Secondly, on the legal opinions of the Commission and Council Legal Services, they were actually not on minor issues. They went right to the core. They challenged the core: the proportionality and the necessity of long-term storage. I would like to hear a little more about that.
Thirdly, regarding the legal basis, the European Court of Justice did not confirm police and justice cooperation as a legal basis; it simply rejected Article 95 – internal markets – as a legal basis.
Finally, Commissioner, on ‘push’ and ‘pull’, the Parliament’s resolution is crystal clear: ‘push’ only. No ‘pull’: not even a little bit of ‘pull’. It is like being pregnant: you cannot be ‘a little bit’ pregnant. There is no such thing as ‘a little bit’ of ‘pull’. ‘Pull’ is giving a log-in to a third country. ‘Push’ only!
Rui Tavares, on behalf of the Verts/ALE Group. – (PT) Mr President, I think that there is no excuse here for the lack of clarity. We are facing a paradigm change in investigation. Citizens know that, previously, they were investigated if they were suspected of a crime or if they had committed a crime. What happens with the processing of passenger name record (PNR) data is that everyone is investigated, including innocent people, and therefore, whether or not this is justified, proportional or necessary, it is essential that citizens are told clearly that they are being investigated, even when they are innocent. This cannot happen without a very clear debate with the citizens, particularly when their data are in the hands of third countries, as is the case. This is why we are discussing the agreement with the United States here today.
Most people would agree to their data being used to stop a terrorist blowing up the plane in which they are flying. That is not the issue. However, what would people say if a large part of their data, including credit card details and addresses, were in the hands of a third country for 15 years, a long time after the aeroplane had reached its destination? This is what is happening now with the agreement that we have with the United States. Let us be clear: over 15 years many administrations come and go, so an administration that says that it will not carry out data mining might do so at a later date. It is therefore necessary for the agreement to be perfectly clear, as I believe that the agreement that we have today contains large gaps and loopholes that can be exploited for different purposes. I would like to know what the Commission is going to do to close these big gaps in the agreement that we have at the moment.
Marie-Christine Vergiat, on behalf of the GUE/NGL Group. – (FR) Mr President, how can the fight against terrorism and crime be reconciled with the protection of personal data? Since 11 September 2011, security-related legislation and the recording of personal data have been amplified, namely on the grounds that current techniques should allow us to progress towards ‘zero insecurity’ while carrying out ever increasing checks on our fellow citizens.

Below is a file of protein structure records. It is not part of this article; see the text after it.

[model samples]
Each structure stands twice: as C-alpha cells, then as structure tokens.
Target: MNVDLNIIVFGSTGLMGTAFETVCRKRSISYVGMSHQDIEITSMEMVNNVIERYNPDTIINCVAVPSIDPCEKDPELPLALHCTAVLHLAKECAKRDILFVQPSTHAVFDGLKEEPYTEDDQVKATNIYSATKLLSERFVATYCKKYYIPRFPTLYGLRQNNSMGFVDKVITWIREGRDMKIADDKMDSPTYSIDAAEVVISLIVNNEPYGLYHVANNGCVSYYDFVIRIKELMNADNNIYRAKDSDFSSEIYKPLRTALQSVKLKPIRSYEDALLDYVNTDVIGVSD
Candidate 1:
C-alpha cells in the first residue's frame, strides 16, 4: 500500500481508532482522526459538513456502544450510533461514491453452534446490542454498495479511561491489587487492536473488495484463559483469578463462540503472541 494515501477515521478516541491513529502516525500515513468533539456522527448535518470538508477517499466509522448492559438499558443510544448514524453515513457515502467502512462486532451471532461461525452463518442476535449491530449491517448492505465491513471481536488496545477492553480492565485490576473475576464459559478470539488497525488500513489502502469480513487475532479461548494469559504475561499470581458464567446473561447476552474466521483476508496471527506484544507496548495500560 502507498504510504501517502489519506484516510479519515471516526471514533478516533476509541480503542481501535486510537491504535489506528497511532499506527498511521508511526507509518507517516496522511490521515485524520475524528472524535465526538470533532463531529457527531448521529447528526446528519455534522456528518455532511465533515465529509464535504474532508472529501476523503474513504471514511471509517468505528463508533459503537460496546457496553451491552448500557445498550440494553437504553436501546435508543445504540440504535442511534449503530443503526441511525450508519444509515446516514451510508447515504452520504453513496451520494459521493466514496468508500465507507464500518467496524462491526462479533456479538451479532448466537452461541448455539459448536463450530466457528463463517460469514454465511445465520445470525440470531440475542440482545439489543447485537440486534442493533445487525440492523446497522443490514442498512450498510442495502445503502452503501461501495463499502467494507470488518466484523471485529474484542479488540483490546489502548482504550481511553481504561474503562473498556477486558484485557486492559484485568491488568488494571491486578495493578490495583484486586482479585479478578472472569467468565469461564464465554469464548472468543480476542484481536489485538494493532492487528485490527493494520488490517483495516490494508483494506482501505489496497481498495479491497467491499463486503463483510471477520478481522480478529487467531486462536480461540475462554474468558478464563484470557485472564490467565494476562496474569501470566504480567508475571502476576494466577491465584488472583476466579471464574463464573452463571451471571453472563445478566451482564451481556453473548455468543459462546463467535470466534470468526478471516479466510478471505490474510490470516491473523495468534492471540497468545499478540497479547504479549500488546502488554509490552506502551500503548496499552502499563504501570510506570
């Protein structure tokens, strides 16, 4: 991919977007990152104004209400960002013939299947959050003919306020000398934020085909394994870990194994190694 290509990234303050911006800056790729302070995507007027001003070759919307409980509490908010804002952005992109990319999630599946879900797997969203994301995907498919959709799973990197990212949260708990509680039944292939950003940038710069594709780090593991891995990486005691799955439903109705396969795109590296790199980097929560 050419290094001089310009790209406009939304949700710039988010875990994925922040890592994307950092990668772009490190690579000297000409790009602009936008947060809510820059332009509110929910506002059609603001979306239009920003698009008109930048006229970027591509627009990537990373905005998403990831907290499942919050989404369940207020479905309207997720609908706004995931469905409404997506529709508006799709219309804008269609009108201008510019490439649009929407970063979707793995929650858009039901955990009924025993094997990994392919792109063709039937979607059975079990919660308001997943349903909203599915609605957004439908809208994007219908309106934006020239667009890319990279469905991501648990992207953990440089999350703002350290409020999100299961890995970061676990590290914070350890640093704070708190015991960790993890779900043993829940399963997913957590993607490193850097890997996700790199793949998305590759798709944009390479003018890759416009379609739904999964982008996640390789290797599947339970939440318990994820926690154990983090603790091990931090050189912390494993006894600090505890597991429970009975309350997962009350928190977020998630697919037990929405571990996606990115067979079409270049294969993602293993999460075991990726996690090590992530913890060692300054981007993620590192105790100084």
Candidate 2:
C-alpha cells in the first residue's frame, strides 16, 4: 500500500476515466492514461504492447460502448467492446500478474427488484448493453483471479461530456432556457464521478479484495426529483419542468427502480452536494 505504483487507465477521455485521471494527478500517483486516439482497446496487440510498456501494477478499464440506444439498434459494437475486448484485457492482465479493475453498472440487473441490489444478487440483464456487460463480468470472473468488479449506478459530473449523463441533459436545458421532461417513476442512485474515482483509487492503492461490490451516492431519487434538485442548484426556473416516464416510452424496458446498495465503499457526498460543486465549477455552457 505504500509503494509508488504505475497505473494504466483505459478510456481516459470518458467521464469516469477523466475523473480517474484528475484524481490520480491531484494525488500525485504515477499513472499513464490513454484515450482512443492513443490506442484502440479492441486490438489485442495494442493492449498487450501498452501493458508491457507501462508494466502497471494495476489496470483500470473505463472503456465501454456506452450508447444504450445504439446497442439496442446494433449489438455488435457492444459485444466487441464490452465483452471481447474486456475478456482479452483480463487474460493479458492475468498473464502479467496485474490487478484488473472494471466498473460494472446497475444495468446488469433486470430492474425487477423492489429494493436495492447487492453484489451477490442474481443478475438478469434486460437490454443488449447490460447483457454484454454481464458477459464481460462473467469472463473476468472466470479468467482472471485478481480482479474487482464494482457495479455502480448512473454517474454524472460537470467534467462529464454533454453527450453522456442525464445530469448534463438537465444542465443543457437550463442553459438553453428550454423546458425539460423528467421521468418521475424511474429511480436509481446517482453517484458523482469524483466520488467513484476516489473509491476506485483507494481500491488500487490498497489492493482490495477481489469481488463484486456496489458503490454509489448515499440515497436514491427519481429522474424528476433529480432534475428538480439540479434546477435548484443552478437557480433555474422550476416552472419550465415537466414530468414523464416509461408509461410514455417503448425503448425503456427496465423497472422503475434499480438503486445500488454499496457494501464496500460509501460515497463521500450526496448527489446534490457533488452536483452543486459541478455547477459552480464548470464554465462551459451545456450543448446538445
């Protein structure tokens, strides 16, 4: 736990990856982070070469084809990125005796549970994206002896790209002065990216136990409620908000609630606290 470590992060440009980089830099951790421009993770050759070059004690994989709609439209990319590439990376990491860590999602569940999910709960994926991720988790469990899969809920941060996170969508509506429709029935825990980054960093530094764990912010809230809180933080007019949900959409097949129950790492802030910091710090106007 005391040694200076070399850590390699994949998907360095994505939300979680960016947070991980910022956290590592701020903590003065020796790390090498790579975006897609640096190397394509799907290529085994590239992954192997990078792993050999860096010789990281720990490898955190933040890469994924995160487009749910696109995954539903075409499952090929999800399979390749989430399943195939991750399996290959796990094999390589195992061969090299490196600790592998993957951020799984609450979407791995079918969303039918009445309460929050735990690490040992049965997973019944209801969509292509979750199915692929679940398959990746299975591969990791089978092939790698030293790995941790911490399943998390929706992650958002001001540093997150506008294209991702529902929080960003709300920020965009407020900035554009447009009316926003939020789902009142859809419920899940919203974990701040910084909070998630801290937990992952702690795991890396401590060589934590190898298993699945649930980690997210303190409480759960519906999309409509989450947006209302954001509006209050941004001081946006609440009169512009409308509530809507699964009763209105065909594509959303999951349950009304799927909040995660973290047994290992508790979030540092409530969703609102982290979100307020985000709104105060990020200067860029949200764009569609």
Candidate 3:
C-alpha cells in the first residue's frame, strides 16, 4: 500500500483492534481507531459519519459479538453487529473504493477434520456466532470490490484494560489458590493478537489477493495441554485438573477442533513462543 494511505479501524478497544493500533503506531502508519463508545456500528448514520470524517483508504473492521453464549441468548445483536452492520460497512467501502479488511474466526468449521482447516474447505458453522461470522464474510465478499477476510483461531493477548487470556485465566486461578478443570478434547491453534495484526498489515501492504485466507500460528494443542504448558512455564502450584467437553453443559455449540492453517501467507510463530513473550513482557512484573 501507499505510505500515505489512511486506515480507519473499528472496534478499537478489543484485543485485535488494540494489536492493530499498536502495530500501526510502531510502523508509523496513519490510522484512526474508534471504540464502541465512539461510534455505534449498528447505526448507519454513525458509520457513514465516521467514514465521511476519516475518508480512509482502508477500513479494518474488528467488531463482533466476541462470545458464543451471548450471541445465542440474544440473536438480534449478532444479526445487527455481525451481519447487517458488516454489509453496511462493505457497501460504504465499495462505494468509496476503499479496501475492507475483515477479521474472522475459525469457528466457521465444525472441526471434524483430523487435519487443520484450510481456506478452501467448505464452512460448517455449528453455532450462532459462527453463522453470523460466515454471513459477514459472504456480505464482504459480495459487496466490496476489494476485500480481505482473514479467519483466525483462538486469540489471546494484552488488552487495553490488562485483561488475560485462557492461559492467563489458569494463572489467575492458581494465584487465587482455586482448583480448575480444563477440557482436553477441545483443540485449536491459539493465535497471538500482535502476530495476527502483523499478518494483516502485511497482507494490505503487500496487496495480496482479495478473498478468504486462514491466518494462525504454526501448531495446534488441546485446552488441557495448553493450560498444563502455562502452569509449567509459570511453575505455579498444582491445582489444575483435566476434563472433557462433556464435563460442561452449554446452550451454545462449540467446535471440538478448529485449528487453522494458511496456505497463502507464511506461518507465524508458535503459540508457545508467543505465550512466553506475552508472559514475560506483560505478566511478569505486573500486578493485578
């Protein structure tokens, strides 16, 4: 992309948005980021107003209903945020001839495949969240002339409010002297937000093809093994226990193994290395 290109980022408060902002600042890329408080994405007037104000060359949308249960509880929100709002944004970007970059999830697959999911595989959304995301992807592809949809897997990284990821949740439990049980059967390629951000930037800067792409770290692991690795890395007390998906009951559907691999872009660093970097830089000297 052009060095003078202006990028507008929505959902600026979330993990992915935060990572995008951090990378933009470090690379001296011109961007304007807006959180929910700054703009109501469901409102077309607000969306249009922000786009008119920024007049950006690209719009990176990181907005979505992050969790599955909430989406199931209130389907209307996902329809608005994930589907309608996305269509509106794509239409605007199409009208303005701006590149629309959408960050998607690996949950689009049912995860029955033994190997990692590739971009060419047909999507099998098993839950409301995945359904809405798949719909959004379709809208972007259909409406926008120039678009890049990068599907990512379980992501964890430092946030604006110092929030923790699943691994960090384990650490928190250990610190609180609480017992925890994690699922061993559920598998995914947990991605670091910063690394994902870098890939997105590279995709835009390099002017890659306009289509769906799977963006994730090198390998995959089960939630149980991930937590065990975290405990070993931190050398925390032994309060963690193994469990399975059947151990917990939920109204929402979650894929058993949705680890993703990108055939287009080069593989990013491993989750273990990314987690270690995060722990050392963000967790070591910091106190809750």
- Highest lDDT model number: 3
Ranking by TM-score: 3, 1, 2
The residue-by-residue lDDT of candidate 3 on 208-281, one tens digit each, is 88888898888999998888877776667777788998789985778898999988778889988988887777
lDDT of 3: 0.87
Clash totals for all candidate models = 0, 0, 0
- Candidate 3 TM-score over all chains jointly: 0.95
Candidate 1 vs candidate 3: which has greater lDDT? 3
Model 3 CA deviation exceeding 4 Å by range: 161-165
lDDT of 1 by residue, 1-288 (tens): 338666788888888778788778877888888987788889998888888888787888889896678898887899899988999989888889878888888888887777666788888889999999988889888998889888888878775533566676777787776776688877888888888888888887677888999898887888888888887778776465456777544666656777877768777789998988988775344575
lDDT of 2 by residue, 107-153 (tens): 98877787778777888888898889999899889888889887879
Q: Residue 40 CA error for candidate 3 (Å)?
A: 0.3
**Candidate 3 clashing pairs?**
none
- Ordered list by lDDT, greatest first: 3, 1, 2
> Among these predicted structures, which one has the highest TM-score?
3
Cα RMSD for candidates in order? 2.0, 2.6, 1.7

Numerous studies now show, however, the adverse effects of this legislation; Commissioner, even the Commission’s own Legal Service and the European Data Protection Supervisor acknowledge these effects, but nothing is being done about them. Personal data continues to be recorded and increasingly so. You state that results can be seen: I remain perplexed and I would in this respect like to refer to a comment made by a US senator in encouraging the US Government to stand its ground. He said: ‘Since the agreement with the EU was signed, at least two terrorists have been arrested.’ How many thousands of people’s personal data have been recorded for two terrorists? Could their arrests not have been achieved by other means? Of course they could, especially as the two persons in question were arrested after having made very numerous plane trips between their country and the United States. Moreover, one of them was not even arrested in the US. Therefore why is the number of people for whom we record data increasing? Why is the period for which data are held being increased to 15 years? Why do we hand over such great quantities of data, including bank details, without the least guarantee as to how they are used as far as profiling and passing on to third countries are concerned, and without our fellow citizens having the least guarantee as to whether legal action is possible?
I have to say, Commissioner, that I found your answers unconvincing.
(The President interrupted the speaker)
I remain unsatisfied and I maintain that it is not through wide-scale recording of personal data that the problem will be solved, but rather by allocating resources, and in particular human resources, to the departments concerned.